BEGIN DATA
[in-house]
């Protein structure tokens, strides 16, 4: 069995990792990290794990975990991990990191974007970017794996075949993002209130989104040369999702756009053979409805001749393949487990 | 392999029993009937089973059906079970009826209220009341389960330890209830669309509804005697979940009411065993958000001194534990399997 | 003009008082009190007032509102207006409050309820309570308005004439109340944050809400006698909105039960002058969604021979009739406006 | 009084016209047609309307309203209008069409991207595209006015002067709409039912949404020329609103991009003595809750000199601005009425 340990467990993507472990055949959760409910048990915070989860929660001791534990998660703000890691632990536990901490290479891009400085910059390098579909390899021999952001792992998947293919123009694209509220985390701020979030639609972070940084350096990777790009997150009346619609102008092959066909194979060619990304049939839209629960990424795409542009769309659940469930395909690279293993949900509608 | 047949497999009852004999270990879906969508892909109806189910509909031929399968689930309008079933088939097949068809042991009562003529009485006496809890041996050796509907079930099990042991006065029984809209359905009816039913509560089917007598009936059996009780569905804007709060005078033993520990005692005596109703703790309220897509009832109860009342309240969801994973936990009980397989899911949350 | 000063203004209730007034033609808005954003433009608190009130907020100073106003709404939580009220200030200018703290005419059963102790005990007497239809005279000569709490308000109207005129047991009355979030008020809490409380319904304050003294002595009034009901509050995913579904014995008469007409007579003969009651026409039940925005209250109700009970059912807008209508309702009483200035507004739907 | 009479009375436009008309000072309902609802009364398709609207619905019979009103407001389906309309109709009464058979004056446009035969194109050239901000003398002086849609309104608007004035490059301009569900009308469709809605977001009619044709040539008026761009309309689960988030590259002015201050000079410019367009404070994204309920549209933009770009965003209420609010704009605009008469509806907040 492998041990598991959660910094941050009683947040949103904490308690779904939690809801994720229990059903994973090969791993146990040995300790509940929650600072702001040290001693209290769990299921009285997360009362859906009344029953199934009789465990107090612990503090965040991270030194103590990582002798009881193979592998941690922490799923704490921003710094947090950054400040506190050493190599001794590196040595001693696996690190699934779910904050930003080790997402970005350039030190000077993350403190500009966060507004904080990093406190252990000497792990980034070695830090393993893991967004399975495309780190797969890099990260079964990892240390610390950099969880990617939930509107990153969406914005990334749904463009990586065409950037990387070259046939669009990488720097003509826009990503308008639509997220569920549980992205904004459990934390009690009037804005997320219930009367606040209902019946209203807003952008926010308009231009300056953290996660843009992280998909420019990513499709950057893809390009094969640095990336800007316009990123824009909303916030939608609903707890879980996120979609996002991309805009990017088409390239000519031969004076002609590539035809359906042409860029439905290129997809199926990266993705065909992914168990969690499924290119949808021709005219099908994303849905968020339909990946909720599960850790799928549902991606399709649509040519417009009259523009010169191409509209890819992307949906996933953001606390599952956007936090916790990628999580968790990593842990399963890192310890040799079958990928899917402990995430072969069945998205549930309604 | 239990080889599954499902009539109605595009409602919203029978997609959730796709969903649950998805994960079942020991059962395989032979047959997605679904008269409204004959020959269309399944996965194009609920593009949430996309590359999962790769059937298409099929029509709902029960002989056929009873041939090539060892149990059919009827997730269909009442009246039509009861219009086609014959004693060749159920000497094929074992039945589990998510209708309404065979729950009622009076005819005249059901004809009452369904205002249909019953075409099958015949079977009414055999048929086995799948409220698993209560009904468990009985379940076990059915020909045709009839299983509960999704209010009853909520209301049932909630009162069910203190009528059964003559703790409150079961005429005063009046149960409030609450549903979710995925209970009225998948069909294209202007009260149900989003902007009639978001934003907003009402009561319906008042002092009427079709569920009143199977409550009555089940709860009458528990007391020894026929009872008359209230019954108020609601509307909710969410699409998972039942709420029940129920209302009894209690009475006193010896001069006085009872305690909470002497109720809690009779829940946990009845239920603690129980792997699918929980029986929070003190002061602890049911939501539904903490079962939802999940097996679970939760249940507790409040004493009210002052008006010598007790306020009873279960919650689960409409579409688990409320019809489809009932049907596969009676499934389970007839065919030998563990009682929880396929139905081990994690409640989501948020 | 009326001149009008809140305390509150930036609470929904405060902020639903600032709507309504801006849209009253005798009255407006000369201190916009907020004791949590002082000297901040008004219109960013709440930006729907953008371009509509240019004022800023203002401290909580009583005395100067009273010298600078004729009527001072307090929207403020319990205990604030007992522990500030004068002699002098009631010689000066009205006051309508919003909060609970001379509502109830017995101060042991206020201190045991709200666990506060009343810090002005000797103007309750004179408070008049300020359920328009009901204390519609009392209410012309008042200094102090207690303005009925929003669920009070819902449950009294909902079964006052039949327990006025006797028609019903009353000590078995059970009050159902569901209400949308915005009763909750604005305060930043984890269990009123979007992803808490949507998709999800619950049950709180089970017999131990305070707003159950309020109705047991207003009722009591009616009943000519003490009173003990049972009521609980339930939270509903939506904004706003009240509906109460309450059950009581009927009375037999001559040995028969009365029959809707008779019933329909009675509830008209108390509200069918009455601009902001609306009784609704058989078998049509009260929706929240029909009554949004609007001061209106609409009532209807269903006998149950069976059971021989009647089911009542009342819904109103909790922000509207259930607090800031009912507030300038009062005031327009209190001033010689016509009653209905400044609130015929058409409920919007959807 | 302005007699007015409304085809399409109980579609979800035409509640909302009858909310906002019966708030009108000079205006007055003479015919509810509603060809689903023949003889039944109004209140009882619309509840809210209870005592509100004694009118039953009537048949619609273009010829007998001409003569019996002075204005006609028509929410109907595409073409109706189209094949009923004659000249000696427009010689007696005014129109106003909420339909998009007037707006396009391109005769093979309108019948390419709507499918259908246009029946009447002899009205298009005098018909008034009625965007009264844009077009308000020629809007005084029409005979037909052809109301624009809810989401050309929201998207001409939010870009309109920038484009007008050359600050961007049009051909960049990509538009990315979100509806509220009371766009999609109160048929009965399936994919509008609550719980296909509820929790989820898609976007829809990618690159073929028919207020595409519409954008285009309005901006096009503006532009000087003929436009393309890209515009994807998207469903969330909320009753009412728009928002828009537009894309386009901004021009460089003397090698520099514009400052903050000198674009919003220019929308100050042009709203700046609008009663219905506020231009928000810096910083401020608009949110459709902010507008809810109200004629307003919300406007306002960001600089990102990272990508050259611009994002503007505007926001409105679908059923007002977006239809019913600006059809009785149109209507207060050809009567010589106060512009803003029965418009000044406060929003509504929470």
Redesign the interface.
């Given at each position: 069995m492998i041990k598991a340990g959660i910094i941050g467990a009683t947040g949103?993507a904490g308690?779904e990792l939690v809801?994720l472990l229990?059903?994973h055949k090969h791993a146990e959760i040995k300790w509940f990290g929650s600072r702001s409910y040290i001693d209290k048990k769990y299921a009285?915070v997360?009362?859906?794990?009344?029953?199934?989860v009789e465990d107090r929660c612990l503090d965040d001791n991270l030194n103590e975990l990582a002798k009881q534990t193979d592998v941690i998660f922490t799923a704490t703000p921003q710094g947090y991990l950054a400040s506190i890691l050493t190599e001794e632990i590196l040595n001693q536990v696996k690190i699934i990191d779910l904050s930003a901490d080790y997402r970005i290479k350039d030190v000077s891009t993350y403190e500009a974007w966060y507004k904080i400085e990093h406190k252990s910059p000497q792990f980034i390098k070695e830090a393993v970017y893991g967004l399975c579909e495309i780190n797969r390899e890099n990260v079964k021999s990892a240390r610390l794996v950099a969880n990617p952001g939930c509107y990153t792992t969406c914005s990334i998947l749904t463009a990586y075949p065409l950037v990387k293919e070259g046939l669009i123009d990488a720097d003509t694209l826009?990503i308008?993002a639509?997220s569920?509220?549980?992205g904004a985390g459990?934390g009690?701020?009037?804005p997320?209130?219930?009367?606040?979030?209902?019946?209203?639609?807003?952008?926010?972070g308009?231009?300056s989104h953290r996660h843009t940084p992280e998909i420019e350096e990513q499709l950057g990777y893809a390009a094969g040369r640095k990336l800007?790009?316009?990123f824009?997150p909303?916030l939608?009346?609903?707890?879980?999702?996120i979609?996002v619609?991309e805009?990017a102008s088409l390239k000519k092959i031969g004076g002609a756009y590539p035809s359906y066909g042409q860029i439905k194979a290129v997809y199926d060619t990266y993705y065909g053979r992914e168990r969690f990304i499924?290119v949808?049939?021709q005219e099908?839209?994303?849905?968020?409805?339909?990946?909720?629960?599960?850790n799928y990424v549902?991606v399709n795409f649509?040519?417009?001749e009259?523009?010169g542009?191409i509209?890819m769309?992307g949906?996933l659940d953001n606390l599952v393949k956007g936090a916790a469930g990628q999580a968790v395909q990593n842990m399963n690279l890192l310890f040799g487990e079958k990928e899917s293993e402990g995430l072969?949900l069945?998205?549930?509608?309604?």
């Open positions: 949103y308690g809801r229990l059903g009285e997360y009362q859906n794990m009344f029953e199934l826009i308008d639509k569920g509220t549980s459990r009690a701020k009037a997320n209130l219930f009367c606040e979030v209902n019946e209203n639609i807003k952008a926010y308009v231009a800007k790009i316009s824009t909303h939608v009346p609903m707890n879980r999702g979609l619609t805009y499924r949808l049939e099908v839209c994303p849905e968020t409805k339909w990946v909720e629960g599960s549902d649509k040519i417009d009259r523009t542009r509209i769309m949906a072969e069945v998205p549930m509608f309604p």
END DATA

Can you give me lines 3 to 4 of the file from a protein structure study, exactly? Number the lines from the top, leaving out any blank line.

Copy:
Redesign the interface.
């Given at each position: 069995m492998i041990k598991a340990g959660i910094i941050g467990a009683t947040g949103?993507a904490g308690?779904e990792l939690v809801?994720l472990l229990?059903?994973h055949k090969h791993a146990e959760i040995k300790w509940f990290g929650s600072r702001s409910y040290i001693d209290k048990k769990y299921a009285?915070v997360?009362?859906?794990?009344?029953?199934?989860v009789e465990d107090r929660c612990l503090d965040d001791n991270l030194n103590e975990l990582a002798k009881q534990t193979d592998v941690i998660f922490t799923a704490t703000p921003q710094g947090y991990l950054a400040s506190i890691l050493t190599e001794e632990i590196l040595n001693q536990v696996k690190i699934i990191d779910l904050s930003a901490d080790y997402r970005i290479k350039d030190v000077s891009t993350y403190e500009a974007w966060y507004k904080i400085e990093h406190k252990s910059p000497q792990f980034i390098k070695e830090a393993v970017y893991g967004l399975c579909e495309i780190n797969r390899e890099n990260v079964k021999s990892a240390r610390l794996v950099a969880n990617p952001g939930c509107y990153t792992t969406c914005s990334i998947l749904t463009a990586y075949p065409l950037v990387k293919e070259g046939l669009i123009d990488a720097d003509t694209l826009?990503i308008?993002a639509?997220s569920?509220?549980?992205g904004a985390g459990?934390g009690?701020?009037?804005p997320?209130?219930?009367?606040?979030?209902?019946?209203?639609?807003?952008?926010?972070g308009?231009?300056s989104h953290r996660h843009t940084p992280e998909i420019e350096e990513q499709l950057g990777y893809a390009a094969g040369r640095k990336l800007?790009?316009?990123f824009?997150p909303?916030l939608?009346?609903?707890?879980?999702?996120i979609?996002v619609?991309e805009?990017a102008s088409l390239k000519k092959i031969g004076g002609a756009y590539p035809s359906y066909g042409q860029i439905k194979a290129v997809y199926d060619t990266y993705y065909g053979r992914e168990r969690f990304i499924?290119v949808?049939?021709q005219e099908?839209?994303?849905?968020?409805?339909?990946?909720?629960?599960?850790n799928y990424v549902?991606v399709n795409f649509?040519?417009?001749e009259?523009?010169g542009?191409i509209?890819m769309?992307g949906?996933l659940d953001n606390l599952v393949k956007g936090a916790a469930g990628q999580a968790v395909q990593n842990m399963n690279l890192l310890f040799g487990e079958k990928e899917s293993e402990g995430l072969?949900l069945?998205?549930?509608?309604?």